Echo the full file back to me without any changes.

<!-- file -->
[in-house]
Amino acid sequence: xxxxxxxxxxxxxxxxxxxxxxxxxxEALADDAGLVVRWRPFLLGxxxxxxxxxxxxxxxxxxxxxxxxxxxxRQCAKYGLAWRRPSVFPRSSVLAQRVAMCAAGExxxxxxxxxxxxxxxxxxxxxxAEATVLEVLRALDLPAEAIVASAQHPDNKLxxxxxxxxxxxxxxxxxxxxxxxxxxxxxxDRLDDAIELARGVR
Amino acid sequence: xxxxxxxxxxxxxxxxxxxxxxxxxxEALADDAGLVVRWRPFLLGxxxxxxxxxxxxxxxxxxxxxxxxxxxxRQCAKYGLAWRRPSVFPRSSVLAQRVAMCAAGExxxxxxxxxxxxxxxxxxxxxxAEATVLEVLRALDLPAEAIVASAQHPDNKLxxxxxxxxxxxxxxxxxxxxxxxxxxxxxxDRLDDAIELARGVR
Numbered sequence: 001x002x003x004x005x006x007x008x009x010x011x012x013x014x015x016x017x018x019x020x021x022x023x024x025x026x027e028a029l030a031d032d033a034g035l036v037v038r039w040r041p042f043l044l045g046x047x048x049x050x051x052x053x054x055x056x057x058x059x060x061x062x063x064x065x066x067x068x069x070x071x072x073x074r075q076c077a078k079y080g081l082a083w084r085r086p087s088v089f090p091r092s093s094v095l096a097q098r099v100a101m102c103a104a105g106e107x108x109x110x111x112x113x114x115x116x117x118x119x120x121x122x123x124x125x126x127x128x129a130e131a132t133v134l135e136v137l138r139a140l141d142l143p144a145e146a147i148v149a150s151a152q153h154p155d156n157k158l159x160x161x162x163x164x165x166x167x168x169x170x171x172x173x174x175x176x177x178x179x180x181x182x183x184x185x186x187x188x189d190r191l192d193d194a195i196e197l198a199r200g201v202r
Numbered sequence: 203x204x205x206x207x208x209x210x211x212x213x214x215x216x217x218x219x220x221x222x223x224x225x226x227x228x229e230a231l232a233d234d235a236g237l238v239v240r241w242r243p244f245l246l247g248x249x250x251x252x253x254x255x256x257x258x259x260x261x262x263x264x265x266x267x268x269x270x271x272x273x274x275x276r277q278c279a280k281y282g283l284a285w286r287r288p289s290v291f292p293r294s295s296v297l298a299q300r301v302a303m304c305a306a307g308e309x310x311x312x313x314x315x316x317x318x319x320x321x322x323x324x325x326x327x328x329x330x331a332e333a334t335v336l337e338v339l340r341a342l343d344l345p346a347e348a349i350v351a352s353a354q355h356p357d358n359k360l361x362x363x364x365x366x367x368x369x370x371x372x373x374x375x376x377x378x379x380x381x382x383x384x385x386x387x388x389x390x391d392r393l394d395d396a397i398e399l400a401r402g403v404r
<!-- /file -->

[in-house]
Amino acid sequence: xxxxxxxxxxxxxxxxxxxxxxxxxxEALADDAGLVVRWRPFLLGxxxxxxxxxxxxxxxxxxxxxxxxxxxxRQCAKYGLAWRRPSVFPRSSVLAQRVAMCAAGExxxxxxxxxxxxxxxxxxxxxxAEATVLEVLRALDLPAEAIVASAQHPDNKLxxxxxxxxxxxxxxxxxxxxxxxxxxxxxxDRLDDAIELARGVR
Amino acid sequence: xxxxxxxxxxxxxxxxxxxxxxxxxxEALADDAGLVVRWRPFLLGxxxxxxxxxxxxxxxxxxxxxxxxxxxxRQCAKYGLAWRRPSVFPRSSVLAQRVAMCAAGExxxxxxxxxxxxxxxxxxxxxxAEATVLEVLRALDLPAEAIVASAQHPDNKLxxxxxxxxxxxxxxxxxxxxxxxxxxxxxxDRLDDAIELARGVR
Numbered sequence: 001x002x003x004x005x006x007x008x009x010x011x012x013x014x015x016x017x018x019x020x021x022x023x024x025x026x027e028a029l030a031d032d033a034g035l036v037v038r039w040r041p042f043l044l045g046x047x048x049x050x051x052x053x054x055x056x057x058x059x060x061x062x063x064x065x066x067x068x069x070x071x072x073x074r075q076c077a078k079y080g081l082a083w084r085r086p087s088v089f090p091r092s093s094v095l096a097q098r099v100a101m102c103a104a105g106e107x108x109x110x111x112x113x114x115x116x117x118x119x120x121x122x123x124x125x126x127x128x129a130e131a132t133v134l135e136v137l138r139a140l141d142l143p144a145e146a147i148v149a150s151a152q153h154p155d156n157k158l159x160x161x162x163x164x165x166x167x168x169x170x171x172x173x174x175x176x177x178x179x180x181x182x183x184x185x186x187x188x189d190r191l192d193d194a195i196e197l198a199r200g201v202r
Numbered sequence: 203x204x205x206x207x208x209x210x211x212x213x214x215x216x217x218x219x220x221x222x223x224x225x226x227x228x229e230a231l232a233d234d235a236g237l238v239v240r241w242r243p244f245l246l247g248x249x250x251x252x253x254x255x256x257x258x259x260x261x262x263x264x265x266x267x268x269x270x271x272x273x274x275x276r277q278c279a280k281y282g283l284a285w286r287r288p289s290v291f292p293r294s295s296v297l298a299q300r301v302a303m304c305a306a307g308e309x310x311x312x313x314x315x316x317x318x319x320x321x322x323x324x325x326x327x328x329x330x331a332e333a334t335v336l337e338v339l340r341a342l343d344l345p346a347e348a349i350v351a352s353a354q355h356p357d358n359k360l361x362x363x364x365x366x367x368x369x370x371x372x373x374x375x376x377x378x379x380x381x382x383x384x385x386x387x388x389x390x391d392r393l394d395d396a397i398e399l400a401r402g403v404r